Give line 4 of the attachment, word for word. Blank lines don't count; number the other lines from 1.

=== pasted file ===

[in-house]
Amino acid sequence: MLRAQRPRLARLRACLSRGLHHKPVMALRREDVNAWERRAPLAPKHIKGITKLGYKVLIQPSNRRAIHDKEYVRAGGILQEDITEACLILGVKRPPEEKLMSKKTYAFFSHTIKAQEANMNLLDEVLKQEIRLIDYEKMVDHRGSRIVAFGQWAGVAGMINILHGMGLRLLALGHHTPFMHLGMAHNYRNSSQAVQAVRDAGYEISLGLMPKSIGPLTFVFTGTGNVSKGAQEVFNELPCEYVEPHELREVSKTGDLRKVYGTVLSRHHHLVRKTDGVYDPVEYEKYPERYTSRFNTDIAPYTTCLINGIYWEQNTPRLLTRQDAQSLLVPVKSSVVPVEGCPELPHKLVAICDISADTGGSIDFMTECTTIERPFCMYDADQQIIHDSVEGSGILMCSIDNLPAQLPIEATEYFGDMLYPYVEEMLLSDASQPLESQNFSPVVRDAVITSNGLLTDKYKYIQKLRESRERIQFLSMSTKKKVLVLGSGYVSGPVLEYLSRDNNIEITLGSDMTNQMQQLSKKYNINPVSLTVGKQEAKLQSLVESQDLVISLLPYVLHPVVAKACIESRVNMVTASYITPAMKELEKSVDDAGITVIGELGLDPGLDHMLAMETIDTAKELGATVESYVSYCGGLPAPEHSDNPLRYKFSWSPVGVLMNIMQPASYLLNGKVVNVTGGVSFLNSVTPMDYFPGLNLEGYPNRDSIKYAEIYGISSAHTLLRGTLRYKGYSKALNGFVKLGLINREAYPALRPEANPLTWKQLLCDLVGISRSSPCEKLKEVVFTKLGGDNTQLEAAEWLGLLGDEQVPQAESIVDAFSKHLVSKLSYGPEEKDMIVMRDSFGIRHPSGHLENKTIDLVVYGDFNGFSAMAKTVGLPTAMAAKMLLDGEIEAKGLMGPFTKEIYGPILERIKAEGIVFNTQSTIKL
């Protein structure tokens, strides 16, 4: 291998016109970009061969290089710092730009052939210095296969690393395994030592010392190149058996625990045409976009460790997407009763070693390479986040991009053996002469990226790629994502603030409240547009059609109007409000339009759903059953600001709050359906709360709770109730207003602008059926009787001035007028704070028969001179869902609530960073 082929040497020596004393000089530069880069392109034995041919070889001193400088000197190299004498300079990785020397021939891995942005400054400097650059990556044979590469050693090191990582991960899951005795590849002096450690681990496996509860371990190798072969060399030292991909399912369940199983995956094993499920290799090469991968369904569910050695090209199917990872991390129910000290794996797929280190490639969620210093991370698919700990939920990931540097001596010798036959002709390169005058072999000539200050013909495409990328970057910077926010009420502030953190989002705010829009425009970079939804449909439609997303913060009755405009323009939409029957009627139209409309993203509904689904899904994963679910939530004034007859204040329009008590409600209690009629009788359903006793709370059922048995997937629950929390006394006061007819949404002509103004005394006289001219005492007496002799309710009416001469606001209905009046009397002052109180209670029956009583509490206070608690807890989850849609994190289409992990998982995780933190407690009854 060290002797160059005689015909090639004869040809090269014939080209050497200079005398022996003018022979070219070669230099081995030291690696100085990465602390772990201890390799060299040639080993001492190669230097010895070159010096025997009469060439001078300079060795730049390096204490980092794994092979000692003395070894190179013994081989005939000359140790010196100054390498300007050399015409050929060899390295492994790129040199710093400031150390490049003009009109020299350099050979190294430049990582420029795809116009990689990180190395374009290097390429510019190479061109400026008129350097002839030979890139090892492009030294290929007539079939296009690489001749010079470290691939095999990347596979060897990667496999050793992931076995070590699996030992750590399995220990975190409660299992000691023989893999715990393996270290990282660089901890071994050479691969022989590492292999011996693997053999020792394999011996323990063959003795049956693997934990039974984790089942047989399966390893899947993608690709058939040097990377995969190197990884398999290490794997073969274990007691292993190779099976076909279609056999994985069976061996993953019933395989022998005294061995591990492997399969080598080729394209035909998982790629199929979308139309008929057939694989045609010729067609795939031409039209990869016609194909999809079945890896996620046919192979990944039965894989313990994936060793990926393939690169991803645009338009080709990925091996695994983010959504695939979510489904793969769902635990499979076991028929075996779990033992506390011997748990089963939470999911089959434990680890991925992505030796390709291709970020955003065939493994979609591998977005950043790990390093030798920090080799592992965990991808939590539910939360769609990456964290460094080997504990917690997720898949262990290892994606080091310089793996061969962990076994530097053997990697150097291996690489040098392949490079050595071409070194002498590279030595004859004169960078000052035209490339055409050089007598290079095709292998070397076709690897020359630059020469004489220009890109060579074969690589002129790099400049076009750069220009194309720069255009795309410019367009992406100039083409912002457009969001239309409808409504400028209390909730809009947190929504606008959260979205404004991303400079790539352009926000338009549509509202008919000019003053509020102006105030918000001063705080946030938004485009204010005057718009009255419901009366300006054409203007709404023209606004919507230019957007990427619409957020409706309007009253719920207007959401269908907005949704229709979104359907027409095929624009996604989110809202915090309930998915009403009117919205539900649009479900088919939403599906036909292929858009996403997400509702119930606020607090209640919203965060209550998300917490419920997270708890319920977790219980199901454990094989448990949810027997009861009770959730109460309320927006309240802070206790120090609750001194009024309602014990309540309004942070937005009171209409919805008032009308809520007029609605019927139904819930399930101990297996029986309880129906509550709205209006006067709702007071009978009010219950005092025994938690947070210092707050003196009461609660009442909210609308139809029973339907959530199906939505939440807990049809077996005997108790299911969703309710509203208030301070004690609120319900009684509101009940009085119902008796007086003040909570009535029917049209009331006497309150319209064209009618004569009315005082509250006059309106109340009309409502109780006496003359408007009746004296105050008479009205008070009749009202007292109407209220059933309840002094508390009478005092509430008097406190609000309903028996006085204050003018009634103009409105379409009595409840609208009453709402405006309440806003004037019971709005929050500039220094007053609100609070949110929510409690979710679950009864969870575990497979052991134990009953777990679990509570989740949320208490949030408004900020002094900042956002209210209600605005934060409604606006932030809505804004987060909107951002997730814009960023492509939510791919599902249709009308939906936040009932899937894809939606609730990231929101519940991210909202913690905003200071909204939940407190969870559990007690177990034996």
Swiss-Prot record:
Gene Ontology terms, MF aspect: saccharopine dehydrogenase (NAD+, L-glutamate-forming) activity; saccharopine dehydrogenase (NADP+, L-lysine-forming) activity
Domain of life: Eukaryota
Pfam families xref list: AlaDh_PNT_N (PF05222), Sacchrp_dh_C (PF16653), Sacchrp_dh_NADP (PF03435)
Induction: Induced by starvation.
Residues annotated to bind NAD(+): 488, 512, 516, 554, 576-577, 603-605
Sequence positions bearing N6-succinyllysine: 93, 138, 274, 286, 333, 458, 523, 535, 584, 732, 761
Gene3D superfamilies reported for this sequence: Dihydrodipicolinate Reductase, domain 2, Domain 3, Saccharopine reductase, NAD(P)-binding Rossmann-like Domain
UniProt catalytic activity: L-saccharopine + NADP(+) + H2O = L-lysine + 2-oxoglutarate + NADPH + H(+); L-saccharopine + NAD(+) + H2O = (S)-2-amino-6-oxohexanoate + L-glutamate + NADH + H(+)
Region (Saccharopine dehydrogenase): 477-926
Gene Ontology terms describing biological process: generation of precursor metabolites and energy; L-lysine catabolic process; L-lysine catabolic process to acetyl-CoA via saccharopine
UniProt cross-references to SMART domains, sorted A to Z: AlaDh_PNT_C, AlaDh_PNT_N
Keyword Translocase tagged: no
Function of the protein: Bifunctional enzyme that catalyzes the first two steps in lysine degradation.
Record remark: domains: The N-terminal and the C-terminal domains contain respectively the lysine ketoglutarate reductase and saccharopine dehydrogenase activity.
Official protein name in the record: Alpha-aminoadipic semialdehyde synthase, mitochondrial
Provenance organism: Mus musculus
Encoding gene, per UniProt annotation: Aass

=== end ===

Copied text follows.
Swiss-Prot record: